Chicago's South Side College May Go Broke Over State Budget War

  • Chicago State University may run out of cash within months
  • Record stalemate holds up aid that's lifeblood of the school

A university in Chicago’s South Side is on the brink of running out of money as soon as March because of Illinois’s budget impasse, providing the most prominent example yet of the consequences of the seven-month political standoff.

Chicago State University, a 5,200-student institution founded in 1867, is considering drawing up a financial exigency plan, equivalent to college bankruptcy, as soon as next month, according to Tom Wogan, a spokesman. The move would be a first step to keep the school afloat as it hemorrhages cash to cover the loss of state funds. All options are on the table to get through the current semester, including missing payments on $12 million of outstanding tax-exempt bonds, he said.

The school, with a 70 percent black student body, would become the most visible casualty of the stalemate between Republican Governor Bruce Rauner, a former private-equity executive, and legislative Democrats, with leaders from Chicago, over a spending plan for the year that began July 1. While other public universities can draw on endowments or raise funds from alumni as the impasse persists, that’s not the case at Chicago State, whose students count on federal and state grants.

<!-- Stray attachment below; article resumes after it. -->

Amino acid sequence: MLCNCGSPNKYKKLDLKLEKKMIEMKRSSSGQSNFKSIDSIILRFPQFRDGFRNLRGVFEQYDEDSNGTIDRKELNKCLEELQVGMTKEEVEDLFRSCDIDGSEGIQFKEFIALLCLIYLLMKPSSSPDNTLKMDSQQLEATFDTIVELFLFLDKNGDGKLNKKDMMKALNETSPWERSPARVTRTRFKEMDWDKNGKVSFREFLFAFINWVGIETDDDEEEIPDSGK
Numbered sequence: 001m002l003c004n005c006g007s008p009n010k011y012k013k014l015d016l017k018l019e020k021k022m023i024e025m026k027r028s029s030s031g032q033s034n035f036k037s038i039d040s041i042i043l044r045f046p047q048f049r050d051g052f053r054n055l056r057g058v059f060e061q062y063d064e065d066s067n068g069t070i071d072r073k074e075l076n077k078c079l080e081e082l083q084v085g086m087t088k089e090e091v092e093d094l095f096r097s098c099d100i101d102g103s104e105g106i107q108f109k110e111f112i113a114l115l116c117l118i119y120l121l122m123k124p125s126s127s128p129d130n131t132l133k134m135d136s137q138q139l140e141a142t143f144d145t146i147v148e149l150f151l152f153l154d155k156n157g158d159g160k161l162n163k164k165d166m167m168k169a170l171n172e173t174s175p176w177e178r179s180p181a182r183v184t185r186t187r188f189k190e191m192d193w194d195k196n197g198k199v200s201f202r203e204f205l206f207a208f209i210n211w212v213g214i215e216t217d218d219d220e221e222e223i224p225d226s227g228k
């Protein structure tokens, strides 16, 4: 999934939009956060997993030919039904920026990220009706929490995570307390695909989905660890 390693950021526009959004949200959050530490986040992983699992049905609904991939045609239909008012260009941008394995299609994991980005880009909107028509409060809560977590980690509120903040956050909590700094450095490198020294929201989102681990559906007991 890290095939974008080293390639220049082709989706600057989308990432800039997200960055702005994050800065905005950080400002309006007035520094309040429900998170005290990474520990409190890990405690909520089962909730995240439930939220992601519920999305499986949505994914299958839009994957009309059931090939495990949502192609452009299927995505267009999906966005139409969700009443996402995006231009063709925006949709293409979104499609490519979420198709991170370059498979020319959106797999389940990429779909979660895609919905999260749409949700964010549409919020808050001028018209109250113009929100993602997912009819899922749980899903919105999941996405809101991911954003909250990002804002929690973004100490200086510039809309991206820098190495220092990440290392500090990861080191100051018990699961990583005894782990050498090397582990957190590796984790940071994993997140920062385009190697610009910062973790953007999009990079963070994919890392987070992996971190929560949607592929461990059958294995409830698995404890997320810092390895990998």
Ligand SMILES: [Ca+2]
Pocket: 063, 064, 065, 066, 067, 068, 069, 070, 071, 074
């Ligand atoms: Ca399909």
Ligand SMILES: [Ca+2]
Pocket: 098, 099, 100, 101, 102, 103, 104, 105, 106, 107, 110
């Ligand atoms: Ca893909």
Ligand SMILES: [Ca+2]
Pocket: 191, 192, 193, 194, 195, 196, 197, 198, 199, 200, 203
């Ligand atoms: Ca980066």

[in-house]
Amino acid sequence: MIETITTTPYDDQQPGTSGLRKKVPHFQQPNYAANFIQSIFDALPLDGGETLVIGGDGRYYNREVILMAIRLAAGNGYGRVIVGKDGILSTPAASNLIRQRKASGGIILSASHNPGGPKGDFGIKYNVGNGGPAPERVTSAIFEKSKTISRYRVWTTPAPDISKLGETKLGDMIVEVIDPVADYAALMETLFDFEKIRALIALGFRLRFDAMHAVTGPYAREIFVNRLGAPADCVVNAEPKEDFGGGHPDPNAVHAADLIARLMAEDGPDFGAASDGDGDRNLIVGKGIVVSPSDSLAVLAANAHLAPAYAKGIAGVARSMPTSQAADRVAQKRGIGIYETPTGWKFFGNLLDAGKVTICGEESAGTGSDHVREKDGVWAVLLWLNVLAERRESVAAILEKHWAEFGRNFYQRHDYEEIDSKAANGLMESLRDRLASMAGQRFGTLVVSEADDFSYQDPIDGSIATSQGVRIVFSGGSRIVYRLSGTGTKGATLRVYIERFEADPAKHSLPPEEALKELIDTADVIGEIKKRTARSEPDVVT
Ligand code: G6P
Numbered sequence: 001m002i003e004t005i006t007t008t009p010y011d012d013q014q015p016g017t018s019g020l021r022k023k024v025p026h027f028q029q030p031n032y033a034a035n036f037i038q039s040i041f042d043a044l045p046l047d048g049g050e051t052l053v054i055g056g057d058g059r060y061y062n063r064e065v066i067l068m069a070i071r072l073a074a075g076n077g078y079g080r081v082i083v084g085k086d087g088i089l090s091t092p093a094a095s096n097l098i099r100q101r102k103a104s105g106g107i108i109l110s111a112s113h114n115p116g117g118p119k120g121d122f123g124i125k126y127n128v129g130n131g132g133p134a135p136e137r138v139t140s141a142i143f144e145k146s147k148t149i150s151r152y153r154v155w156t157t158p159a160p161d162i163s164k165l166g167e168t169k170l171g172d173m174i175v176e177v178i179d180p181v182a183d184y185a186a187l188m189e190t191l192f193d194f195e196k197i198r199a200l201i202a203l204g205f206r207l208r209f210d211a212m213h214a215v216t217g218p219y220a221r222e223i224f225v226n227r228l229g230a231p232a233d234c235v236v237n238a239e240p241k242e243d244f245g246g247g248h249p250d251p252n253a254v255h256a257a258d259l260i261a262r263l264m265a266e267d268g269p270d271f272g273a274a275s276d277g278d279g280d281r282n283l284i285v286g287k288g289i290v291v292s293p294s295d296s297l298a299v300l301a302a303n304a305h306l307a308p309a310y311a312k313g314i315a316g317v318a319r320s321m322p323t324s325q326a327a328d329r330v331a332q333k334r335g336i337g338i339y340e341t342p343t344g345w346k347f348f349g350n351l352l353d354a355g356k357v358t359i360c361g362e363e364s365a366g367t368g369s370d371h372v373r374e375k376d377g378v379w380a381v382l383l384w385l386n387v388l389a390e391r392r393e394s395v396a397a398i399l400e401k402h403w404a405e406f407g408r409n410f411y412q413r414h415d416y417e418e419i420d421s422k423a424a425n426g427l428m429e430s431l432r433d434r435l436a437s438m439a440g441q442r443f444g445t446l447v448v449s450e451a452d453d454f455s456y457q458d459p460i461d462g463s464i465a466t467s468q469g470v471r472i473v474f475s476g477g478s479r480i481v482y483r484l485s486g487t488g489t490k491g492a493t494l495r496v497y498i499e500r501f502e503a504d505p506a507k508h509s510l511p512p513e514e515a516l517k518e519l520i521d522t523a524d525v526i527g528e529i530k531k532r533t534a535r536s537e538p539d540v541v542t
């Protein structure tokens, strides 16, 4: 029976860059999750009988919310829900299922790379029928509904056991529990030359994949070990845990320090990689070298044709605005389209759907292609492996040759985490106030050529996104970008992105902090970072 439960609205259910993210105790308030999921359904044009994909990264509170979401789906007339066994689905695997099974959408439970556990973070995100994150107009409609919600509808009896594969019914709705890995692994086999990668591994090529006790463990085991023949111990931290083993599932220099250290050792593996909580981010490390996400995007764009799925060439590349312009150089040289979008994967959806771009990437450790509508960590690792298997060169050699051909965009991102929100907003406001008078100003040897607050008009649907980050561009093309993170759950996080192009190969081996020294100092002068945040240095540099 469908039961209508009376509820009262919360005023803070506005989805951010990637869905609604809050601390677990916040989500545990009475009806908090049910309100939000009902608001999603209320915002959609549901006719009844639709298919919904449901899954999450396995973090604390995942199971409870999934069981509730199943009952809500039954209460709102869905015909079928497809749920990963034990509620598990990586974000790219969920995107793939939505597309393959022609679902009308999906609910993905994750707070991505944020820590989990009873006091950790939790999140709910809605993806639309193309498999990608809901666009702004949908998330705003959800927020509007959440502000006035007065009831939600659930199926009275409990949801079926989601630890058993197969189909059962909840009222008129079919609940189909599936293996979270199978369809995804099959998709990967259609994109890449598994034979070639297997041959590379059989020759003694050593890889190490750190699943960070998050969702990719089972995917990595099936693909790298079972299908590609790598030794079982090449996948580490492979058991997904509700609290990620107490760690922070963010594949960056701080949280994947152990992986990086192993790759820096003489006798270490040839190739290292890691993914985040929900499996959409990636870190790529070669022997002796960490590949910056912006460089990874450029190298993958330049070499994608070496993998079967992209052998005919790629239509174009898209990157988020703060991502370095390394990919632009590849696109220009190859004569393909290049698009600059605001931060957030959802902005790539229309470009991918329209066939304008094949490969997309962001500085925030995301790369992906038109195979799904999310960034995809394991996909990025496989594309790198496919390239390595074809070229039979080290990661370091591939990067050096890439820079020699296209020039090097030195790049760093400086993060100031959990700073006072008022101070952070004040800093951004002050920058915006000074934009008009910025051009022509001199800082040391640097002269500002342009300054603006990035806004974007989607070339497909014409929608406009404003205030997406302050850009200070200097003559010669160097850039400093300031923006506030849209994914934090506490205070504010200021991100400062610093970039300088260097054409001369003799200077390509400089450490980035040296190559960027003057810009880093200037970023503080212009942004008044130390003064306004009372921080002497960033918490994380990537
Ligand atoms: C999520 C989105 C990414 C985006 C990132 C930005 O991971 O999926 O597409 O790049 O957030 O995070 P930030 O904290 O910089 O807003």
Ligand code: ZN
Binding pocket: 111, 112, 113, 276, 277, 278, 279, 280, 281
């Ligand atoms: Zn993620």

“A place like Chicago State University doesn’t have the same political clout of other institutions,” said Howard Cure, head of municipal research in New York at Evercore Wealth Management, which oversees $5.9 billion. “They serve a segment of the market that’s often overlooked, and some of the people who can benefit the most from a higher education degree. It’s a completely different -- and completely vulnerable -- business model.”

Chicago State is situated at the crossroads of financial and political pressures. Illinois, which provides much of its funding, is the worst-rated state in America, and the university’s potential insolvency comes as Mayor Rahm Emanuel is battling controversy over police shootings of unarmed black teenagers.

Chicago State is among colleges nationwide that are grappling with limits on their ability to raise tuition as the pool of graduating high-school seniors shrinks and students balk at taking costly loans. About two-thirds of its students are from Chicago or the surrounding area. It ranks highest among Illinois colleges in awarding bachelor’s degrees to black students in the physical sciences and health professions, according to its website. About 70 percent of attendees relied on financial aid in 2013.

Enrollment Tumbles

The university’s 2015 enrollment was down 29 percent from four years earlier, according to financial documents. It had a $5 million endowment as of June 30, compared with $2.3 billion at the University of Illinois, the state’s flagship college, financial documents show. The amount of state grant money flowing to Chicago State students jumped to $6.2 million in 2014 from $210,000 in the previous fiscal year.